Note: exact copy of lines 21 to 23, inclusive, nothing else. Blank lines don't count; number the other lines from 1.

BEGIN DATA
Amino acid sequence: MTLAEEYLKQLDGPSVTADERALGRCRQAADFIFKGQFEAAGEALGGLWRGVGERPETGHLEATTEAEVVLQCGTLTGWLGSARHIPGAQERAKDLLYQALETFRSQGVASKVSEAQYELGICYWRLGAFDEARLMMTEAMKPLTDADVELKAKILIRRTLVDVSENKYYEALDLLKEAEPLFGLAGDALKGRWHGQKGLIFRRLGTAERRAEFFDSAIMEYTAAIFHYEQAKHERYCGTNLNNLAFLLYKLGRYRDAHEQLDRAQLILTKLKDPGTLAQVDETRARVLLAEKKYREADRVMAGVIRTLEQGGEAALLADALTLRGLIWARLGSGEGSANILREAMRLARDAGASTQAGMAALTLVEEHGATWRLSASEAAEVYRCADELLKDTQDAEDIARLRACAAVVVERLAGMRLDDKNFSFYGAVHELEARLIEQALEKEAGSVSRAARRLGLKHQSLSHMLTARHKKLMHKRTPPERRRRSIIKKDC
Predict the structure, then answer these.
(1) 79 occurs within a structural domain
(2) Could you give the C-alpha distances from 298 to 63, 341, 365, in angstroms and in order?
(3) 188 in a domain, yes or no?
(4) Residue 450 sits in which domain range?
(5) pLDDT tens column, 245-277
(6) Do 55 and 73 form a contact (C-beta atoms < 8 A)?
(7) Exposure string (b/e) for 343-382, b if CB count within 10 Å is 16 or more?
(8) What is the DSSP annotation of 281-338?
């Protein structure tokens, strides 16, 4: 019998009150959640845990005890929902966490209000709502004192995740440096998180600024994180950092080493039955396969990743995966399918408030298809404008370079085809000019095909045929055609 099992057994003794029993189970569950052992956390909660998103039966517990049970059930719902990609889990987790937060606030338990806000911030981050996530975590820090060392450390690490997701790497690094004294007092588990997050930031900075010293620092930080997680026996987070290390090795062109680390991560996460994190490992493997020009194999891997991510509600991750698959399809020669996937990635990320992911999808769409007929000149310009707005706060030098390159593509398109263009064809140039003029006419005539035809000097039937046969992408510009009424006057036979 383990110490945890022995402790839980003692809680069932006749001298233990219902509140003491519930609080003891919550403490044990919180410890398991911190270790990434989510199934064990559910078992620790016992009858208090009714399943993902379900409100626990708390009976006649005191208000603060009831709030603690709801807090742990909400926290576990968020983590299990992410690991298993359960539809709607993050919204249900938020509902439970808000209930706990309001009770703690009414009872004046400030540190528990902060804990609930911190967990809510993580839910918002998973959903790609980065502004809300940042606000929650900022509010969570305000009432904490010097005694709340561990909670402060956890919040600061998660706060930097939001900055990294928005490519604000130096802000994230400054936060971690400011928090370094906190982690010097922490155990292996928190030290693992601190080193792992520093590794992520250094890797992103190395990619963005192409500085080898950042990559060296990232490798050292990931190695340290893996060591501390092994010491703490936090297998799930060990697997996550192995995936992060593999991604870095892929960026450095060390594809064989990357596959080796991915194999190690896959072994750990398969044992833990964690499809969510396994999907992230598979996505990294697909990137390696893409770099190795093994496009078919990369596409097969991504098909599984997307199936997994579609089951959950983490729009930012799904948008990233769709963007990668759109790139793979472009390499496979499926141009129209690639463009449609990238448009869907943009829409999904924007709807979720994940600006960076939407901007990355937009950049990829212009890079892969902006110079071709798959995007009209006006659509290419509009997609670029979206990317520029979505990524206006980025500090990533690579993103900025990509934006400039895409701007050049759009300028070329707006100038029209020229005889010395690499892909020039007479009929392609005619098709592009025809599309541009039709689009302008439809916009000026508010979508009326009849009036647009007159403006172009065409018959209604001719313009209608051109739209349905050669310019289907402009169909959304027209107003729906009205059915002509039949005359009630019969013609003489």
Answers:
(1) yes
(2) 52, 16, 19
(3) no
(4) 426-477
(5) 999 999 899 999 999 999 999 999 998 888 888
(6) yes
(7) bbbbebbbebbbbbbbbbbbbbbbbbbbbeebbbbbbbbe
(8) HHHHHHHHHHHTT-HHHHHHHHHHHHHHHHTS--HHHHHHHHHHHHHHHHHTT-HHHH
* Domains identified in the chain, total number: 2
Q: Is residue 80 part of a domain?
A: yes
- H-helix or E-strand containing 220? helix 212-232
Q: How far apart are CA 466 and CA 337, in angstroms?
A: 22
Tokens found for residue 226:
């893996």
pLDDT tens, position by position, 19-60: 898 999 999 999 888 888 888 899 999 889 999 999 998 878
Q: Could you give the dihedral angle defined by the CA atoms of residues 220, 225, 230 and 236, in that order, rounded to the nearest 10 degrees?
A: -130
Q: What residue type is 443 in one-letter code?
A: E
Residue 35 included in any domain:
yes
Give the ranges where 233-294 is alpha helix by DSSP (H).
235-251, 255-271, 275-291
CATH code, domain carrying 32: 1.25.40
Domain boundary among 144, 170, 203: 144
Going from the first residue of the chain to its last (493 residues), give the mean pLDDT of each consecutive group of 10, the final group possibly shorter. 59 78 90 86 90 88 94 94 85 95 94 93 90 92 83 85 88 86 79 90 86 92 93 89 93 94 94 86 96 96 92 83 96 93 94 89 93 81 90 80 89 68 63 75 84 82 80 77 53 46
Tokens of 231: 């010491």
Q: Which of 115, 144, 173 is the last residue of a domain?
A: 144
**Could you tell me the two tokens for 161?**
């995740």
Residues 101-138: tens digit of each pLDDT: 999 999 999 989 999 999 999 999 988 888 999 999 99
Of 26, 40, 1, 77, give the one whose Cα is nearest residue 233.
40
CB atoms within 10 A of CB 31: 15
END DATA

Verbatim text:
* Domains identified in the chain, total number: 2
Q: Is residue 80 part of a domain?
A: yes